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I am very interested in this too. My daughter tested negative for celiac, but has terrible primarily neurological symptoms. Because she tested positive for SIBO at the time and was having some GI symptoms, I was told it was just a Fodmap issue. I knew better and we have been gluten free for 2 years. Fast forward to this February. She had a SIBO recurrence that I treated at home with diet and herbal antibiotics because I couldn't get the insurance referral. She was doing great. Then stupid me brought in gluten containing chick feed for the new baby chicks we got. Feed dust everywhere. Total mess. Really, no GI symptoms (she was SIBO free by then)...but the neurological symptoms! my daughter couldn't walk for three days. Burning down one leg, nerve pain in the foot. Also heaviness of limbs, headache and fatigue. Better after three days. But unfortunately she had a TINY gluten exposure at that three day mark and had another severe reaction: loss of balance, loss of feeling in her back and arms, couldn't see for a few seconds, and three days of hand numbness, fatigue, concentration problems. Well, I actually contacted Dr. Hadjivassilou by email and he confirmed that the symptoms are consistent with gluten ataxia but any testing would require a gluten challenge. Even with these exposures, antibodies would not be high enough. His suggestion was maintain vigilance gluten free. I just saw my daughter's GI at U of C and she really only recognizes celiac disease and neurological complications of that. But my impression is that gluten ataxia is another branch in the autoimmune side of things (with celiac and DH being the other two). At this point, I know a diagnosis is important. But I don't know how to get there. We homeschool right now so I can give her time to heal when she is accidentally glutened, I can keep my home safe for her (ugh, that I didn't think of the chicken feed!) But at some point, she is going to be in college, needing to take exams, and totally incapacitated because of an exposure. And doctors state side that are worth seeing? Who is looking at gluten ataxia in the US?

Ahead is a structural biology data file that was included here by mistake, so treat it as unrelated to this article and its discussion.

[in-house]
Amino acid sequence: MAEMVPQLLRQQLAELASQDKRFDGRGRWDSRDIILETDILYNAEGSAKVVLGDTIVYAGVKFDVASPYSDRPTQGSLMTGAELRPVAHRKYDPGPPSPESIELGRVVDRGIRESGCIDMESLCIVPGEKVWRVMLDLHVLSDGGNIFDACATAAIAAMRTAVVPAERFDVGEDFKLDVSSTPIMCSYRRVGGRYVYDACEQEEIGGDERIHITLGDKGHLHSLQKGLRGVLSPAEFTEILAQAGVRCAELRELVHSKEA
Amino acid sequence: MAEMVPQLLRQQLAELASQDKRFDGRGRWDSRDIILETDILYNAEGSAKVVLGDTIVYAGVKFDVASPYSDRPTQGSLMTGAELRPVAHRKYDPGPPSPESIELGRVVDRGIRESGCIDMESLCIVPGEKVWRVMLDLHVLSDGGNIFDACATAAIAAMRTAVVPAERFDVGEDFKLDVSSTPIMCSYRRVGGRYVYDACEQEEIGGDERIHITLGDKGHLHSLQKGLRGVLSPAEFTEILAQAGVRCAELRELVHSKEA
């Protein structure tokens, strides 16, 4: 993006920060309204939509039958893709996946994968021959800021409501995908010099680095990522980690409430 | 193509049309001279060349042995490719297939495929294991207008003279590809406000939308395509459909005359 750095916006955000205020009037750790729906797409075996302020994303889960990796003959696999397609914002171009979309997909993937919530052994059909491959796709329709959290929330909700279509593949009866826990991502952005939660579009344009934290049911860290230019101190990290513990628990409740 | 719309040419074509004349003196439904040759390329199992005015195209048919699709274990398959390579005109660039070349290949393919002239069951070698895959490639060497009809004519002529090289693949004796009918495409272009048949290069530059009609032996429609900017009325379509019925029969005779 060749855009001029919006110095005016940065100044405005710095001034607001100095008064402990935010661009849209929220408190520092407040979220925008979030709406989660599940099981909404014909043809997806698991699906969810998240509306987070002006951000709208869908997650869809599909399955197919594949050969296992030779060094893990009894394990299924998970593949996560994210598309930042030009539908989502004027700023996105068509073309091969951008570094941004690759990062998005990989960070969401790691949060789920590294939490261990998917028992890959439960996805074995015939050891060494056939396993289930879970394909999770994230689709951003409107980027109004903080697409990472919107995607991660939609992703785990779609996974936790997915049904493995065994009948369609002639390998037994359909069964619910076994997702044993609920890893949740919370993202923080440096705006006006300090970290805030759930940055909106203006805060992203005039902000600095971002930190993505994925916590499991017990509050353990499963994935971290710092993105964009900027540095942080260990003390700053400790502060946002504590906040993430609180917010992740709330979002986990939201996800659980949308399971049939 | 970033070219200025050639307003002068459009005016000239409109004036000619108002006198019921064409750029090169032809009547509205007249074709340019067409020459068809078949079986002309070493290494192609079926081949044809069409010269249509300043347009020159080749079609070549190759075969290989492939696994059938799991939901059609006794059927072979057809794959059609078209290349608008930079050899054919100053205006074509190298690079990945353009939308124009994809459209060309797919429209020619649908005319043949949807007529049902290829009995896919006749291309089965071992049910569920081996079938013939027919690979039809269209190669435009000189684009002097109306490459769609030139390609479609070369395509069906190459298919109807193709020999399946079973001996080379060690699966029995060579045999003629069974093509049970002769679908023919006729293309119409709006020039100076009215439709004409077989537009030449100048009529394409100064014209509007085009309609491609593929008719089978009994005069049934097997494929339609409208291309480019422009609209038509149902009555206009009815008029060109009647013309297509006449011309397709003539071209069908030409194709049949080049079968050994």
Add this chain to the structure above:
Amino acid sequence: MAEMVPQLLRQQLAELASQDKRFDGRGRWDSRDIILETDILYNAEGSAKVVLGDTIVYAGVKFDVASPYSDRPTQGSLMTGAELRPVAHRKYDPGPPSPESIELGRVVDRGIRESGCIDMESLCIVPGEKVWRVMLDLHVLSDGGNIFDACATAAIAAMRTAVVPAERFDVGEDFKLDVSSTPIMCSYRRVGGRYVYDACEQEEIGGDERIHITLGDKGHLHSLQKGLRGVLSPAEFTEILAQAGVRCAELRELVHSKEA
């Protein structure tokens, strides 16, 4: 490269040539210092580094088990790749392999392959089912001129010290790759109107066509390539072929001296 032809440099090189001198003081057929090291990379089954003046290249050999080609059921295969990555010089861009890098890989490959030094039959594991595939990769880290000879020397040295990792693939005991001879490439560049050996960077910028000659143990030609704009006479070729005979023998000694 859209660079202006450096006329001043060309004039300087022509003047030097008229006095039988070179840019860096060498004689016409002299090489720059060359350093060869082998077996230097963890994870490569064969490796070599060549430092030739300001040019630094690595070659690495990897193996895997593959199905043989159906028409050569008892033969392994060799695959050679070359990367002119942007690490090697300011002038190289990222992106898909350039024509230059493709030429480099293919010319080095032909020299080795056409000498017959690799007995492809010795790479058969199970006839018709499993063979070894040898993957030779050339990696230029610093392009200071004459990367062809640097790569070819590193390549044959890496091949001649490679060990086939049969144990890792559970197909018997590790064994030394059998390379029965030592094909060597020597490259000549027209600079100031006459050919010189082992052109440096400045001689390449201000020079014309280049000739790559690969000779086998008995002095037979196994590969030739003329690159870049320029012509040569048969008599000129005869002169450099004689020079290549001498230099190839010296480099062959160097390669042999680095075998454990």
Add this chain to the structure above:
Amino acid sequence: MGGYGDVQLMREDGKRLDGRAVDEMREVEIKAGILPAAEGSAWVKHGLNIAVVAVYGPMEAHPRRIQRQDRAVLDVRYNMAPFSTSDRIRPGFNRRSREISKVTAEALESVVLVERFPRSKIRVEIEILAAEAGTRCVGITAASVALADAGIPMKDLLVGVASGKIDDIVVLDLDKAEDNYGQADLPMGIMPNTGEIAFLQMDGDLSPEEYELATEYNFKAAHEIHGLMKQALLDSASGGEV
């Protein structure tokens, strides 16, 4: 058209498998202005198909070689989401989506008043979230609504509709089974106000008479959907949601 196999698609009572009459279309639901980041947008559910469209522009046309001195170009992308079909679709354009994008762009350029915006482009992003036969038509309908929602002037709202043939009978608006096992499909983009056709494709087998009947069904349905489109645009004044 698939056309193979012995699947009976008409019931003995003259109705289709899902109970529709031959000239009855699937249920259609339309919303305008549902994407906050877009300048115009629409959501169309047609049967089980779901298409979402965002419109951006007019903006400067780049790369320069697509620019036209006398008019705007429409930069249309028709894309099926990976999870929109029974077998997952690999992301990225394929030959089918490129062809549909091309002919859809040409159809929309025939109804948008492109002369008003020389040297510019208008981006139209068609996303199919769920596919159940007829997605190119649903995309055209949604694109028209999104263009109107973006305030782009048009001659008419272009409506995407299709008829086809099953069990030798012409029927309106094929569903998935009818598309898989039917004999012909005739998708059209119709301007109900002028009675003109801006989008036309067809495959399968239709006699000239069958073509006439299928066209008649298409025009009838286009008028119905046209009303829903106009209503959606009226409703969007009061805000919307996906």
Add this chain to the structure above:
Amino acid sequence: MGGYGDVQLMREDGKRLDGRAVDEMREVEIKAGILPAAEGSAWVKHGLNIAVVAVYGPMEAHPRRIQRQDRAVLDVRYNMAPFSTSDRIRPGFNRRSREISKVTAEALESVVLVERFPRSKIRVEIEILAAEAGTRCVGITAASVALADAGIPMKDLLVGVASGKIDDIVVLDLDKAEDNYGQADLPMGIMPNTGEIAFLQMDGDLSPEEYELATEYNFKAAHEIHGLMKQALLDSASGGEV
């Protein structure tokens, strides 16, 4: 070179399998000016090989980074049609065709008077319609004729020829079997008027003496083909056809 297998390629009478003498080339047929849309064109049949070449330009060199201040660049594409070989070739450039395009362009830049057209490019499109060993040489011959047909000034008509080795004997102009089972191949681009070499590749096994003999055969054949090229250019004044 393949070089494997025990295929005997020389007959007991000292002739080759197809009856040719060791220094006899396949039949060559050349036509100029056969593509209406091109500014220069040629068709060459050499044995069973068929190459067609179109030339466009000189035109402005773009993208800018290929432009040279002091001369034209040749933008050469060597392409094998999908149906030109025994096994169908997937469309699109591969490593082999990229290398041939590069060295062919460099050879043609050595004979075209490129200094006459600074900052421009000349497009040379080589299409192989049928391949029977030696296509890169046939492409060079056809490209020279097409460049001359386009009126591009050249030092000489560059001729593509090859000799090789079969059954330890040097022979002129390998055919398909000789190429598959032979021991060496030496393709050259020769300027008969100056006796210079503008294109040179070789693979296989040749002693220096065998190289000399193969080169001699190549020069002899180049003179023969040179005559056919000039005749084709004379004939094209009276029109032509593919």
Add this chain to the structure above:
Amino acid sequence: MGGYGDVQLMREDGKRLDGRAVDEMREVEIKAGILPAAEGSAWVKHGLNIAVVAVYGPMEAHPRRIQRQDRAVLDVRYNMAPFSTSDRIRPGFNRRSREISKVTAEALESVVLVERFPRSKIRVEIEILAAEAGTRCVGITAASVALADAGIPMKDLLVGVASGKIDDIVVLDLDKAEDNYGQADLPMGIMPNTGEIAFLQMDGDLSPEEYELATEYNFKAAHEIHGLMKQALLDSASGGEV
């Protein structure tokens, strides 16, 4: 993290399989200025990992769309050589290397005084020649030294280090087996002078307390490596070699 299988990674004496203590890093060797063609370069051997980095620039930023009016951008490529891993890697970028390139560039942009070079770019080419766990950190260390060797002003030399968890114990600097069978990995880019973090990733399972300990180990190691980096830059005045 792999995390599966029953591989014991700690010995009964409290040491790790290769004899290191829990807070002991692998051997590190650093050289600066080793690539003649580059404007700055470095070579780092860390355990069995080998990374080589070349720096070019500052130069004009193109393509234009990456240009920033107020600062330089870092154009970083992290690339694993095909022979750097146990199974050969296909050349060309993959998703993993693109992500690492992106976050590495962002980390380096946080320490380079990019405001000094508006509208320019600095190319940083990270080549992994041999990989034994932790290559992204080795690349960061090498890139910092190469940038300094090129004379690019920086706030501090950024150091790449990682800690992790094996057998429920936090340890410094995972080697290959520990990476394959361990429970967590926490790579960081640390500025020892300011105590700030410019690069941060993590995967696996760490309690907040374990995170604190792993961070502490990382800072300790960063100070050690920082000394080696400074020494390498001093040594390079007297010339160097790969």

Caro..............monitoring only the TSH to gauge thyroid function is what endo's do who don' t do a good job of managing thyroid disease. They should do the full panel and check the actual thyroid hormone numbers.........T3 and T4. The importance of the TSH comes second to hormone levels. In order to track how severely the thyroid is under attack, you need to track antibody levels.......not the TSH. I did not stay with endocrinologists because I found they did not do a very good job and found much greater help and results with a functional medicine MD. You should not have a goiter if your thyroid is functioning well and your TSH is "normal". Maybe they should do a full panel? Going gluten free can have a profound affect for the better on thyroid function and that is something that is becoming more and more accepted today. Ask most people with Celiac and thyroid disease and they will tell you that. My thyroid never functioned well or was under control under after I discovered I had Celiac and went gluten free. It was the only way I got my antibody numbers back down close to normal and they were around 1200 when it was diagnosed with Celiac. I was diagnosed with Hashi's long before the Celiac diagnosis. I am not sure Vitamin D has anything to do with thyroid antibodies but who knows? Maybe it does have an affect for the better. It is really hard to get Vitmain D levels up, depending on where you live. Mine are going up, slowly, even after 12 years gluten-free but I live in the Northeast in the US and we don't have sun levels like they do in the South. I take 5,000 IU daily and that is a safe level to take, believe it or not. I get no sun on my job so the large dose it is! Having Celiac Disease should not stop you from being able to travel, especially S. America. I travel, although I do agree that some countries might be very difficult to be gluten free in. You can be a foodie and travel with Celiac so no worries on that front. You may not be able to sample from someone else's plate, unless they are eating gluten-free too but I have had awesome experiences with food when traveling so you can too!